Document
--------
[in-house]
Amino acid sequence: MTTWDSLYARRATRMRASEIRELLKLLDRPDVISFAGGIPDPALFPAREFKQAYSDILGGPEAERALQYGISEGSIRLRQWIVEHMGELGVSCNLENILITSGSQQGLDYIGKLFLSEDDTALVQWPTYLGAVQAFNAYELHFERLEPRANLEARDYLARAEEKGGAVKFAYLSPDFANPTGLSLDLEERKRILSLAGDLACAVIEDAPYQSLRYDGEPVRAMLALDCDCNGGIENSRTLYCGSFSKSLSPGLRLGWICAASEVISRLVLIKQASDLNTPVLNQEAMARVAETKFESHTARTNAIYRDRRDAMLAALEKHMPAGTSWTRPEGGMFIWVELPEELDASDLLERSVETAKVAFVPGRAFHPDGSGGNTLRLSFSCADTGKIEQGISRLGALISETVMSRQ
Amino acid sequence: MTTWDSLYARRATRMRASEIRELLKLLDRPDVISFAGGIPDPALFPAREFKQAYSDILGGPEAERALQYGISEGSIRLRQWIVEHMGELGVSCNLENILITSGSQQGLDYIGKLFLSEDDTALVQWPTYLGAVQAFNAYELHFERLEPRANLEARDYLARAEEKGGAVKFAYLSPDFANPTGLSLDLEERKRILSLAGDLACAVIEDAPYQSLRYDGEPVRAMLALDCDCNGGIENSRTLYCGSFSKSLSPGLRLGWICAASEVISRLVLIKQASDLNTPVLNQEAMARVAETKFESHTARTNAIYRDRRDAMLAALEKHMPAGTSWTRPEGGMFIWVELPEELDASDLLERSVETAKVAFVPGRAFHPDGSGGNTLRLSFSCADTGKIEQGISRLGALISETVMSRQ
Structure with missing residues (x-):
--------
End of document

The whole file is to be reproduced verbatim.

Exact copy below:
[in-house]
Amino acid sequence: MTTWDSLYARRATRMRASEIRELLKLLDRPDVISFAGGIPDPALFPAREFKQAYSDILGGPEAERALQYGISEGSIRLRQWIVEHMGELGVSCNLENILITSGSQQGLDYIGKLFLSEDDTALVQWPTYLGAVQAFNAYELHFERLEPRANLEARDYLARAEEKGGAVKFAYLSPDFANPTGLSLDLEERKRILSLAGDLACAVIEDAPYQSLRYDGEPVRAMLALDCDCNGGIENSRTLYCGSFSKSLSPGLRLGWICAASEVISRLVLIKQASDLNTPVLNQEAMARVAETKFESHTARTNAIYRDRRDAMLAALEKHMPAGTSWTRPEGGMFIWVELPEELDASDLLERSVETAKVAFVPGRAFHPDGSGGNTLRLSFSCADTGKIEQGISRLGALISETVMSRQ
Amino acid sequence: MTTWDSLYARRATRMRASEIRELLKLLDRPDVISFAGGIPDPALFPAREFKQAYSDILGGPEAERALQYGISEGSIRLRQWIVEHMGELGVSCNLENILITSGSQQGLDYIGKLFLSEDDTALVQWPTYLGAVQAFNAYELHFERLEPRANLEARDYLARAEEKGGAVKFAYLSPDFANPTGLSLDLEERKRILSLAGDLACAVIEDAPYQSLRYDGEPVRAMLALDCDCNGGIENSRTLYCGSFSKSLSPGLRLGWICAASEVISRLVLIKQASDLNTPVLNQEAMARVAETKFESHTARTNAIYRDRRDAMLAALEKHMPAGTSWTRPEGGMFIWVELPEELDASDLLERSVETAKVAFVPGRAFHPDGSGGNTLRLSFSCADTGKIEQGISRLGALISETVMSRQ
Structure with missing residues (x-):